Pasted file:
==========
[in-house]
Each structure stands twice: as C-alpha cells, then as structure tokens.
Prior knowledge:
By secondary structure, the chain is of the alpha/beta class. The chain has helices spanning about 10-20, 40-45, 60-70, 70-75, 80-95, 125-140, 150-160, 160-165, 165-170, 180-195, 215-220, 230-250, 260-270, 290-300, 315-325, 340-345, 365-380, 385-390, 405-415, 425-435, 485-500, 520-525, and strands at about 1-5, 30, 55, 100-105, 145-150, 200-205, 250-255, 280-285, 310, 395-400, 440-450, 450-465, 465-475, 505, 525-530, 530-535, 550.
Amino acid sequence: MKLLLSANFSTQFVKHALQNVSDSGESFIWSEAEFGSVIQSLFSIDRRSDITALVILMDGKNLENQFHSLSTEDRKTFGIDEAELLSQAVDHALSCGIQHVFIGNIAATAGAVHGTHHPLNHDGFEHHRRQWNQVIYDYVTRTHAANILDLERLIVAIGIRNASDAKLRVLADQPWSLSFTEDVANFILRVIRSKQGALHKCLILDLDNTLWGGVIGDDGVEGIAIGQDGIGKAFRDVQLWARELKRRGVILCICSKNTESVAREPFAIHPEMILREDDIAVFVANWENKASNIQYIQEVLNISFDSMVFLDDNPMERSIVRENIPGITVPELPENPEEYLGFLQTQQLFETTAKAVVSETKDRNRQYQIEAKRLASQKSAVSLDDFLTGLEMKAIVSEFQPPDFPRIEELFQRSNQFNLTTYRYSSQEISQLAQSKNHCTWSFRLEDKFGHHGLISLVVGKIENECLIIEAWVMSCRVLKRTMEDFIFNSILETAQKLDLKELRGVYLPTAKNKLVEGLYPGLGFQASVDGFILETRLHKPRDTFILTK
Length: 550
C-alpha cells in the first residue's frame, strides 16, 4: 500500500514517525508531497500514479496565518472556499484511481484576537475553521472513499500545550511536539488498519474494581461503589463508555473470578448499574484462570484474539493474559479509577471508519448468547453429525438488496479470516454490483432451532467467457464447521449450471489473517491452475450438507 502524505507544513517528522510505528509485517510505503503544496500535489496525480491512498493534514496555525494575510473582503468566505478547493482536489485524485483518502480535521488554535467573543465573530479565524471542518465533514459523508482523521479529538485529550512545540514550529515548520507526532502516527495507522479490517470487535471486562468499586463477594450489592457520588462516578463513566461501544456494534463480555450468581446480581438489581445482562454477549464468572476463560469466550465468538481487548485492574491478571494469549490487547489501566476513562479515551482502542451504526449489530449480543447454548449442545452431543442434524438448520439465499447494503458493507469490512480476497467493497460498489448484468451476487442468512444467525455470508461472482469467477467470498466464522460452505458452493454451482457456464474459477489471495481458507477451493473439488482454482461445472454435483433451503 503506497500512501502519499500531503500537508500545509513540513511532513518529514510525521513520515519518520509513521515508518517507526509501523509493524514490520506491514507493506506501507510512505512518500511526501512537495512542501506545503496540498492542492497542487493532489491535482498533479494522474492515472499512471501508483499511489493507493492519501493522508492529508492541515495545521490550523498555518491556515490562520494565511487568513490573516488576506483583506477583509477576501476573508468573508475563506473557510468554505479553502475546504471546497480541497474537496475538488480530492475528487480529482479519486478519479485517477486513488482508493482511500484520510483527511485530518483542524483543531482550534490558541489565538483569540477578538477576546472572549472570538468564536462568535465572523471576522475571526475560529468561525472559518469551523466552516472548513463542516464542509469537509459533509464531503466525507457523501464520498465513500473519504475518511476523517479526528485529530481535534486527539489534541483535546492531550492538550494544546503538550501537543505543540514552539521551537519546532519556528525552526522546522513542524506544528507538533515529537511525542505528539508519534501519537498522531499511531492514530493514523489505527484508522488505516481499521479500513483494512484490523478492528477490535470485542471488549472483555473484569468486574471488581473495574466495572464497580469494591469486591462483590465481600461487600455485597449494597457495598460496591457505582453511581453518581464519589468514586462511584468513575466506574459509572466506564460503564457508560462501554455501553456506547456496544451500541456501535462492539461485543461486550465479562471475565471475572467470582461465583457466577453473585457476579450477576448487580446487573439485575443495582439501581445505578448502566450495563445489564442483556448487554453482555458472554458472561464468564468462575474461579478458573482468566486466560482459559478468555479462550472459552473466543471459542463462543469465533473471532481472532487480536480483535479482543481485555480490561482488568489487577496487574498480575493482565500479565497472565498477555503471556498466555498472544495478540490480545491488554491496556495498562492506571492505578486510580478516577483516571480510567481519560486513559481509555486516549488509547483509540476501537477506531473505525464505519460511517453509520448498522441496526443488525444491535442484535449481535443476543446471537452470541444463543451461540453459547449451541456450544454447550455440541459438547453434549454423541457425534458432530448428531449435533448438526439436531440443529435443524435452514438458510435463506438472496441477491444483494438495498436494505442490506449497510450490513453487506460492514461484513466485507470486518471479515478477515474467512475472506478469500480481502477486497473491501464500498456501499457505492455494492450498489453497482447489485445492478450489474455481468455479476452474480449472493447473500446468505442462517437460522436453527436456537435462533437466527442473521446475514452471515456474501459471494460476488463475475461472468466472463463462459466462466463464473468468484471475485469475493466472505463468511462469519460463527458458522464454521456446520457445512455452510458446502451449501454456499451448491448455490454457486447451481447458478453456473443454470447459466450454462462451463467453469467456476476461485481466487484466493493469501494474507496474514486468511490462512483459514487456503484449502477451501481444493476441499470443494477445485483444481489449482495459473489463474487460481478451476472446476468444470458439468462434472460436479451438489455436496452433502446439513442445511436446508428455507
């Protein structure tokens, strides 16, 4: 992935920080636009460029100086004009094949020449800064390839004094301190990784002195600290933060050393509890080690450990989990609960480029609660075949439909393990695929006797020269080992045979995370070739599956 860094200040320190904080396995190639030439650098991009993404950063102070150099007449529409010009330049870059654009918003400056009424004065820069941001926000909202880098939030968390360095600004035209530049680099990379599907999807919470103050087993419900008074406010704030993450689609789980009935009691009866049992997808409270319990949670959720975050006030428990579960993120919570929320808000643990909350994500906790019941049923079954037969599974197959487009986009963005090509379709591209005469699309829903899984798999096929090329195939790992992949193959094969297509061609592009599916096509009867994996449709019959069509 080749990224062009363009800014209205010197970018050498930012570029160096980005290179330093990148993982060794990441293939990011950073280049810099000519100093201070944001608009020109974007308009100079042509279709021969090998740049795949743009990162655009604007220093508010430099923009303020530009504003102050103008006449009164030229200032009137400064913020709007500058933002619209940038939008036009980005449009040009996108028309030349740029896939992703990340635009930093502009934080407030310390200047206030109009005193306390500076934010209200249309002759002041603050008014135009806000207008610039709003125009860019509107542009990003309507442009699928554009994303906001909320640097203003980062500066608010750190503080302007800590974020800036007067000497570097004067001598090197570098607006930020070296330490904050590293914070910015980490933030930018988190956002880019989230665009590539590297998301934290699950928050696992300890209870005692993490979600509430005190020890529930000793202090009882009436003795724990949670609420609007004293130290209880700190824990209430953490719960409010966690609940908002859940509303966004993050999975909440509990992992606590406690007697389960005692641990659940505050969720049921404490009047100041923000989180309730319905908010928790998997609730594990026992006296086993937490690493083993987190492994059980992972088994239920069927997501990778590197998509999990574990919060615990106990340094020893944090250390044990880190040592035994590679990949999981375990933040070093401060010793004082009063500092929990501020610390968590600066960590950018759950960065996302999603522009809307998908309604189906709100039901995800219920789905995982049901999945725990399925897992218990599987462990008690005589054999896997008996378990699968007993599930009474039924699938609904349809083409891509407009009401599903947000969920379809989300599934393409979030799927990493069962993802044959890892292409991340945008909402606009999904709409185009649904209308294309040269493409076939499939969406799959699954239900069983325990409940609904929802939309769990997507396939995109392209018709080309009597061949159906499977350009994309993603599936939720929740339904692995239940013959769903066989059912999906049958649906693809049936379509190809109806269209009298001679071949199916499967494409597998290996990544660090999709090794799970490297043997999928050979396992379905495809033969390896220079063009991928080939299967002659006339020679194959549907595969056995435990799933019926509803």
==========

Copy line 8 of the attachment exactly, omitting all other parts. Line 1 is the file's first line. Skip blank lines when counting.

């Protein structure tokens, strides 16, 4: 992935920080636009460029100086004009094949020449800064390839004094301190990784002195600290933060050393509890080690450990989990609960480029609660075949439909393990695929006797020269080992045979995370070739599956 860094200040320190904080396995190639030439650098991009993404950063102070150099007449529409010009330049870059654009918003400056009424004065820069941001926000909202880098939030968390360095600004035209530049680099990379599907999807919470103050087993419900008074406010704030993450689609789980009935009691009866049992997808409270319990949670959720975050006030428990579960993120919570929320808000643990909350994500906790019941049923079954037969599974197959487009986009963005090509379709591209005469699309829903899984798999096929090329195939790992992949193959094969297509061609592009599916096509009867994996449709019959069509 080749990224062009363009800014209205010197970018050498930012570029160096980005290179330093990148993982060794990441293939990011950073280049810099000519100093201070944001608009020109974007308009100079042509279709021969090998740049795949743009990162655009604007220093508010430099923009303020530009504003102050103008006449009164030229200032009137400064913020709007500058933002619209940038939008036009980005449009040009996108028309030349740029896939992703990340635009930093502009934080407030310390200047206030109009005193306390500076934010209200249309002759002041603050008014135009806000207008610039709003125009860019509107542009990003309507442009699928554009994303906001909320640097203003980062500066608010750190503080302007800590974020800036007067000497570097004067001598090197570098607006930020070296330490904050590293914070910015980490933030930018988190956002880019989230665009590539590297998301934290699950928050696992300890209870005692993490979600509430005190020890529930000793202090009882009436003795724990949670609420609007004293130290209880700190824990209430953490719960409010966690609940908002859940509303966004993050999975909440509990992992606590406690007697389960005692641990659940505050969720049921404490009047100041923000989180309730319905908010928790998997609730594990026992006296086993937490690493083993987190492994059980992972088994239920069927997501990778590197998509999990574990919060615990106990340094020893944090250390044990880190040592035994590679990949999981375990933040070093401060010793004082009063500092929990501020610390968590600066960590950018759950960065996302999603522009809307998908309604189906709100039901995800219920789905995982049901999945725990399925897992218990599987462990008690005589054999896997008996378990699968007993599930009474039924699938609904349809083409891509407009009401599903947000969920379809989300599934393409979030799927990493069962993802044959890892292409991340945008909402606009999904709409185009649904209308294309040269493409076939499939969406799959699954239900069983325990409940609904929802939309769990997507396939995109392209018709080309009597061949159906499977350009994309993603599936939720929740339904692995239940013959769903066989059912999906049958649906693809049936379509190809109806269209009298001679071949199916499967494409597998290996990544660090999709090794799970490297043997999928050979396992379905495809033969390896220079063009991928080939299967002659006339020679194959549907595969056995435990799933019926509803």